The following is a copy of my post on a forum that was discussing same sex-marriage. Yup it was on a knitting site, yup knitter discuss things other than knitting, yup we have brains that hold information other than yarn type or needle size. :-)
It's written stream of conscious, so if there are typos/grammatical errors so be it.
Marriage in terms of the government's view is a contract between two people. In the church you are basically entering into a contract as a couple with God.
Now, if getting married in front of a judge is basically affirming to the government that these/those/any two people are entering into a contract (financially, able to make medical decisions, regarding tax status, and the many other legal things that go along with marriage), how can the government deny two consenting adults the right to enter into a contract?
I think that there are two different sides to this argument.
In the secular world, the government should not be able to say "It's because you two have the same danglely bits...that's why you can't enter into a contract with one another" or "It's that both of you lack danglely bits that you can't enter into a contract with one another".....hmmmmmm?!? WHAT?!? In the US at least the separation of church and state should ensure that marriage/civil unions/what ever people call it to make themselves comfortable (thought the definition be the same) be equal across the board.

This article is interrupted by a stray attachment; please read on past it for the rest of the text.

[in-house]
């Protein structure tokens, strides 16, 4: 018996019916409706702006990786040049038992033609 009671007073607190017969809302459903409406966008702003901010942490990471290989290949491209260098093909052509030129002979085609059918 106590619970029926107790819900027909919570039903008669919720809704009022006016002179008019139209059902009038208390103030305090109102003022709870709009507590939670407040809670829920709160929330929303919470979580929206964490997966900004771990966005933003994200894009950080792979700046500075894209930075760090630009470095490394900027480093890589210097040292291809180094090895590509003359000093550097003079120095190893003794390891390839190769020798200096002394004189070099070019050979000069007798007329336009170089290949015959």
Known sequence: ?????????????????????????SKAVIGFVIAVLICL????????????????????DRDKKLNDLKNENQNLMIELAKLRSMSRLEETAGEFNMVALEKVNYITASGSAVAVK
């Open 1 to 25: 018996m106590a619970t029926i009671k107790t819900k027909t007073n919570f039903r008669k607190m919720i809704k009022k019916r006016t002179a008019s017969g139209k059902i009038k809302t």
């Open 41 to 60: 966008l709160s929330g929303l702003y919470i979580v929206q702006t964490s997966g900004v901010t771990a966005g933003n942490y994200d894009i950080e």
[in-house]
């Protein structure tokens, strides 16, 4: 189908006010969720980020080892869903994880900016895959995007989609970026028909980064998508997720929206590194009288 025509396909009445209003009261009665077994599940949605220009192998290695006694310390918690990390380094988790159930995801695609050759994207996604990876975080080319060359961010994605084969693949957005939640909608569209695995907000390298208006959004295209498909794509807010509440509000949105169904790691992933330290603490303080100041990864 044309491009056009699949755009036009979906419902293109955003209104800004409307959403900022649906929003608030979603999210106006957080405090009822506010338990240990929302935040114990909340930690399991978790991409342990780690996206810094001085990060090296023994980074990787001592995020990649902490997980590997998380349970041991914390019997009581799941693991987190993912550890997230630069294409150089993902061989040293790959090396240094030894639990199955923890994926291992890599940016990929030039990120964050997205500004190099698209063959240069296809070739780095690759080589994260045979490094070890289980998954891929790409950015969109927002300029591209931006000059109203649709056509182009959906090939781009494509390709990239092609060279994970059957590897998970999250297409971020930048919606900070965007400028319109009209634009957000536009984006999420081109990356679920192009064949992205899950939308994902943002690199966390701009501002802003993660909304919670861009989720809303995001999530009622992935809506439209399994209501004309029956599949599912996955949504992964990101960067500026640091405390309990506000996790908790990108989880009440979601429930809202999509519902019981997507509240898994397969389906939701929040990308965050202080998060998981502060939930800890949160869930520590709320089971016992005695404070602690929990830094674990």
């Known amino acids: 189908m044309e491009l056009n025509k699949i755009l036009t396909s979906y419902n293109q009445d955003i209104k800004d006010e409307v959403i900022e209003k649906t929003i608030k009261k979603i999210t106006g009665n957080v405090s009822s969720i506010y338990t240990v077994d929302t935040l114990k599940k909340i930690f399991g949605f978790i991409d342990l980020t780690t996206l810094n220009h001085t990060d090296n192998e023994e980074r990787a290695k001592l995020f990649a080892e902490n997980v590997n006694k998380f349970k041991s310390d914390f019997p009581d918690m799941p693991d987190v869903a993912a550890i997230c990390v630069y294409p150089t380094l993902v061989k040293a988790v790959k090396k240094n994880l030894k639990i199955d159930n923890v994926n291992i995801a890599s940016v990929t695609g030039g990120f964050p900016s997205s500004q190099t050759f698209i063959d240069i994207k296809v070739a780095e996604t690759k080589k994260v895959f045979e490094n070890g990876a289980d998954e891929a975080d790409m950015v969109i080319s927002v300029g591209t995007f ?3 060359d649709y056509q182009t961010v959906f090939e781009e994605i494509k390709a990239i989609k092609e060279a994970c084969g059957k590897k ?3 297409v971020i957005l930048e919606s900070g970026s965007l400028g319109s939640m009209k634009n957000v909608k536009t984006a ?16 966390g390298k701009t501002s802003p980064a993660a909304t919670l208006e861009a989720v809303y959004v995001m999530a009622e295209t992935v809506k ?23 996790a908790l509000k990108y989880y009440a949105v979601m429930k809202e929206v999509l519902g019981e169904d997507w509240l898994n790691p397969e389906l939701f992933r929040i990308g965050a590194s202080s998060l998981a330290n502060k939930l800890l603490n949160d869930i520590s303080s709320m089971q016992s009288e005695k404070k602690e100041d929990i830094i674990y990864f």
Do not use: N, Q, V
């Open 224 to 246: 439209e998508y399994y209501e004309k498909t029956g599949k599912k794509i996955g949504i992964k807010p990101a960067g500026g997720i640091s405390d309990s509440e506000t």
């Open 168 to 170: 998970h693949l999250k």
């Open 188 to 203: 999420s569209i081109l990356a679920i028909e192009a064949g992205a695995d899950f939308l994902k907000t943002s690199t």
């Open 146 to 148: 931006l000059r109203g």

In the religious world, since that is the domain of the religion, the "head" of that particular church, etc. Let that be up to them. If a church doesn't want to allow a couple to contract/declare their love to/with God, then so be it. That is their right. I don't understand it, because in the end you and your partner's relationship (or lack of) with God is your own. I don't need to have a priest at my dinner table to say grace and give thanks. I don't have to have my priest in my bedroom/car/kitchen/bathroom/grocery shopping with me in order to pray. Church is my outward experience of faith it's how I choose to express my spirituality. But ultimately my relationship and my partner's relationship with God and how our relationship is accepted by God....well that is our own.
Yup it'd be nice to have Christian religions actually "practice what they preach", but not all do. Just as not all other religions do the same. Just like our constitution/Bill of Rights have a lot of pretty wording but have not always been followed or put into practice.
I had this argument/discussion with a friend who is staunchly against same sex marriage. She came to the conclusion over many discussions that she in fact had a religious problem, and not a secular problem.